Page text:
So long, Jaguar XF Sportbrake.
Like the 2021 XF sedan, the Sportbrake receives a raft of enhancements including a new interior with an 11.4-inch touchscreen running Jaguar Land Rover’s new Pivi Pro infotainment system.
Alas, it won’t be coming here, with Jaguar paring the XF range down to a single sedan model.
With the demise of Jaguar’s luxury longroof locally, the large luxury segment is now bereft of any station wagon without off-road aspirations.
That leaves just the Audi A6 allroad and Volvo V90 Cross Country. Mercedes-Benz currently offers an E-Class All-Terrain but the company says it’s “still evaluating” whether it’ll appear as part of the updated 2021 range.
Mind you, the odds of any of these being taken off-road are slim to nil. Nevertheless, each of these three Europeans features a raised ride height and various exterior tweaks to make them appear more SUV-like.
The XF Sportbrake’s time on the Australian market was short-lived, with the wagon lobbing locally late in 2017. Like the X-Type wagon, we never received the curvaceous, first-generation XF Sportbrake.
That was a crying shame as Jaguar made the XFR-S available in both sedan and wagon body styles, meaning in other markets you could get a British wagon with a supercharged 5.0-litre V8 producing 404kW of power and 680Nm of torque.
Though most companies don’t break out wagon sales figures, we know how many wagons Volvo sells in this segment due to its unique nameplate. Year-to-date, it’s sitting at 63 units sold.
That mightn’t seem like much but it’s almost half the Audi A6’s figure despite lacking a sedan (the related S90 was discontinued last year) and offering only a single powertrain. The Volvo has also managed to best the entire XF range, of which Jaguar has sold just 26 examples so far this year.
That’s a rather dire figure for Jaguar considering the plethora of XF models it offered. In wagon guise alone, Jaguar offered a choice of turbo-petrol 25t and turbo-diesel 20d and 30d models for 2020.
Other lower-volume models the Volvo has toppled include the moribund Lexus GS (20) and soon-to-be replaced Genesis G80 (35). The big V90 has picked up some steam, too – sales are up 65.8 per cent year-to-date, though that’s still only around 1/20th of the XC90’s numbers.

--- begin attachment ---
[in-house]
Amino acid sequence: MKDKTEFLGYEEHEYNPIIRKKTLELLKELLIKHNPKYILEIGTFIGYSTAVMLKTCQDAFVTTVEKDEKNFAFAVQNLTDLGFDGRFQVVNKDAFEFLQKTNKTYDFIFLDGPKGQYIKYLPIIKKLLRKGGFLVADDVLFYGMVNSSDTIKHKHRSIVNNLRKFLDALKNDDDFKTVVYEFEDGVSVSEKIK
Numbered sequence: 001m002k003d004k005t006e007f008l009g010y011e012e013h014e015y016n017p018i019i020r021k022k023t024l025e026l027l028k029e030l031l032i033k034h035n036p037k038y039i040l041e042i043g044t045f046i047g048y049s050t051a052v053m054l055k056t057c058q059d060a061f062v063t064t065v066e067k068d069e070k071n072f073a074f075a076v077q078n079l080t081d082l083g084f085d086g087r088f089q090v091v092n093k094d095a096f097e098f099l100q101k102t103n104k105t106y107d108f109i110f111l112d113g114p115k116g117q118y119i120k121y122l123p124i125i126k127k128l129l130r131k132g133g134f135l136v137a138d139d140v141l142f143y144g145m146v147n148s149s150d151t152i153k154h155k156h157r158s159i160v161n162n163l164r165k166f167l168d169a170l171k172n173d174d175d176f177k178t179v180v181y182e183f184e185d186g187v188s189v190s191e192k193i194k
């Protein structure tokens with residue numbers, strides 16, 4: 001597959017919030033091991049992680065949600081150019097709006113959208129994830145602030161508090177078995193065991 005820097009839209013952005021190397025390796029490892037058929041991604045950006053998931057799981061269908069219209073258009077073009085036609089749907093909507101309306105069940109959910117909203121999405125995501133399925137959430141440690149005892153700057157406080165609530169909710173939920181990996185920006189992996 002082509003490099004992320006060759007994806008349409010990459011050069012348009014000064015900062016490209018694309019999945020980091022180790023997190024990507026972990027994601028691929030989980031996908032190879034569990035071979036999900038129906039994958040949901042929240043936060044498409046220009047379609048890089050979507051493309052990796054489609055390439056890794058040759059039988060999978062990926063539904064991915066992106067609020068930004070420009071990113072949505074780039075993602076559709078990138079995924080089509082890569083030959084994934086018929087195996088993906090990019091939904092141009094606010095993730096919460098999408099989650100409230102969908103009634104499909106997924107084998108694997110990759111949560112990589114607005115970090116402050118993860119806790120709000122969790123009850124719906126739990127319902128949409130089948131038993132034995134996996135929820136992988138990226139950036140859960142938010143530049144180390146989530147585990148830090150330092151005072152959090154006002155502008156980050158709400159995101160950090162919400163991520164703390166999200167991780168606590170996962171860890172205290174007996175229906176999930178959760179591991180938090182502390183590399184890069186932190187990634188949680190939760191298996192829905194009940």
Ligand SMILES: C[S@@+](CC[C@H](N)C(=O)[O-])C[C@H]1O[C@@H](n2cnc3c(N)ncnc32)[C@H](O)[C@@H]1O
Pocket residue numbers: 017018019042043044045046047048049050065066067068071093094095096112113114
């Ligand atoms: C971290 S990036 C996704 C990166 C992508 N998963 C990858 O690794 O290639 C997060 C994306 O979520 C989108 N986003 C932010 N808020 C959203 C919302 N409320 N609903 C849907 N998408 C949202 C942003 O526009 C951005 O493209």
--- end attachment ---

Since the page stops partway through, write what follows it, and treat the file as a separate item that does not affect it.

While Volvo is sticking it out and has a minor update coming for the V90 Cross Country later this year, rivals have left the segment.
BMW’s recently revealed 2021 5 Series range doesn’t feature a single wagon variant. The outgoing model offered a wagon in both diesel 520d and petrol 530i models.
Volvo initially promised the regular V90 would come here, only to scuttle those plans, while Mercedes-Benz never offered a regular wagon version of its current generation of E-Class.
It’s worth noting that every single one of these wagons is still available in Europe. Even in the United States, the epicentre of the SUV explosion and typically as wagon-averse as Australia, you can get a regular V90 or E-Class estate, though Jaguar has also axed its XF Sportbrake there for 2021.
If you’re willing to settle for something smaller, wagon options are more abundant in Australia.
Audi does one better, offering both conventional (Avant) and off-road focused (Allroad) wagon versions of its A4.
In the luxury car market, only Porsche is bucking the trend away from station wagons by introducing more. It introduced its Panamera Sport Turismo in 2017 and will introduce an off-road-esque Cross Turismo wagon variant of its all-electric Taycan next year.
Spy photographers have also captured a wagon version of the updated Genesis G70, though it’s yet to be confirmed for Australia.